Apart from the strongpoint captured by the French at Shevardino, the field fortifications along the main Russian line, though rapidly constructed, were by no means unimpressive. Earthwork structures manned with artillery stood around Borodino, near Utitsa, and on the right flank to cover the fords of the Kalatsha River. The two most formidable, however, were the Rayevsky Redoubt and the flêches built by Bagration. The Russian reserves were kept close to the front line, a great mistake as they were to make an ideal target for massed French artillery.

With his left anchored on woods and his center strongly fortified, the Russians probably expected Napoleon to turn their right, and hence the relatively stronger dispositions around Gorki, the site of Kutuzov’s headquarters. Napoleon, however, decided against making his main thrust against the Russian right on account of the high banks of the Kalatsha. He also rejected Marshal Davout’s proposal for a wide, sweeping maneuver to the south with 40,000 men, intended to outflank Kutuzov’s left—a plan fraught with potential difficulties and yet if successful, possibly decisive. Having insufficient troops to both pin the enemy and execute a wide turn around Kutuzov’s flank may have dissuaded Napoleon from adopting the plan. Whatever the reason, the Emperor, suffering from a heavy cold, failed to display his usual energy and opted for a simple strategy: a massive frontal assault on the Russian center and left-center. Specifically, the main thrust would be directed against the area between Borodino to the north and the flêches to the south, with Prince Poniatowski’s V Corps, on its own, attempting a small flanking movement against the Russian left. This was perhaps the least imaginative and potentially the costliest method of defeating the Russians.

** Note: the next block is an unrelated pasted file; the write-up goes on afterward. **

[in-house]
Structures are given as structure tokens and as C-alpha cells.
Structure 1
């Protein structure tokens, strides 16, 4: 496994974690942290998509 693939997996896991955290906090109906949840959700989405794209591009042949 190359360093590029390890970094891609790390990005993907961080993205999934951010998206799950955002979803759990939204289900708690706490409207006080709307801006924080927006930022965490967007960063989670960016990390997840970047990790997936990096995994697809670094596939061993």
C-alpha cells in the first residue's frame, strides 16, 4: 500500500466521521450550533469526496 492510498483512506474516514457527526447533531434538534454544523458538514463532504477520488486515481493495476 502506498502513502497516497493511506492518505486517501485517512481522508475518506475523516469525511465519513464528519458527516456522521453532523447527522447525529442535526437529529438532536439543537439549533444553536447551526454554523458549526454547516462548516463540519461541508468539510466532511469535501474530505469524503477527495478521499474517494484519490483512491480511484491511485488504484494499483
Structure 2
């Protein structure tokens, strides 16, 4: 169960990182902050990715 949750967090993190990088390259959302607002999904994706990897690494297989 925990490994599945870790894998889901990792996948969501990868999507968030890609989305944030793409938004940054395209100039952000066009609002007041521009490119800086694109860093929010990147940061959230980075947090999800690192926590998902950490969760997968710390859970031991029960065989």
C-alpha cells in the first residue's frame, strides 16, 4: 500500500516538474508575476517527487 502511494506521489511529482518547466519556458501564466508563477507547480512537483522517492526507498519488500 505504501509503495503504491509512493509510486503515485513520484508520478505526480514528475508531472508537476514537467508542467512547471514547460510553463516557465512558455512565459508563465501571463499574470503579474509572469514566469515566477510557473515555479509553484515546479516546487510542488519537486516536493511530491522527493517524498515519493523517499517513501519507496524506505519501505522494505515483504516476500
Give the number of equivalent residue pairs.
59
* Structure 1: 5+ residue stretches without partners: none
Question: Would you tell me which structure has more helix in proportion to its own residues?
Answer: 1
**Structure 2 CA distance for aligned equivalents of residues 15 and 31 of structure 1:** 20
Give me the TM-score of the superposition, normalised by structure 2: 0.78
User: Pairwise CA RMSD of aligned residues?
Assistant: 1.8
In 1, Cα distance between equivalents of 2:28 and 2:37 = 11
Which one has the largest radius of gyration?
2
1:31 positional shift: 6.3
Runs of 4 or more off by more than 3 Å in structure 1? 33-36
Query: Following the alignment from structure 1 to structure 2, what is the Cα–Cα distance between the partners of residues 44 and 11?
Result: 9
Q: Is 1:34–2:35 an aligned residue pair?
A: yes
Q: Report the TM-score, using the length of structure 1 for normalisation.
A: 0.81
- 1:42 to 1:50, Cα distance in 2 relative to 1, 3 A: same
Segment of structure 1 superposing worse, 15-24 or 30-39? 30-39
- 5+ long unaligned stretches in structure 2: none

The French were in position by 5:00 A.M. on 7 September, but at sunrise, through some oversight made the previous day, the batteries were found to have been constructed out of range of the Russian line. Once they had been repositioned to within 1,300 yards of the enemy it was precisely 6:00 A.M., at which time 100 guns opened a massive bombardment against Bagration’s positions. The French enjoyed some initial success, as IV Corps (mostly Italians) under Prince Eugène de Beauharnais, operating on the left of the attack, captured Borodino in a rapid assault. Barclay de Tolly’s counterattack managed to retake the village, but finding the place untenable, the general ordered his troops to withdraw across the Kalatsha and burn the bridge behind them.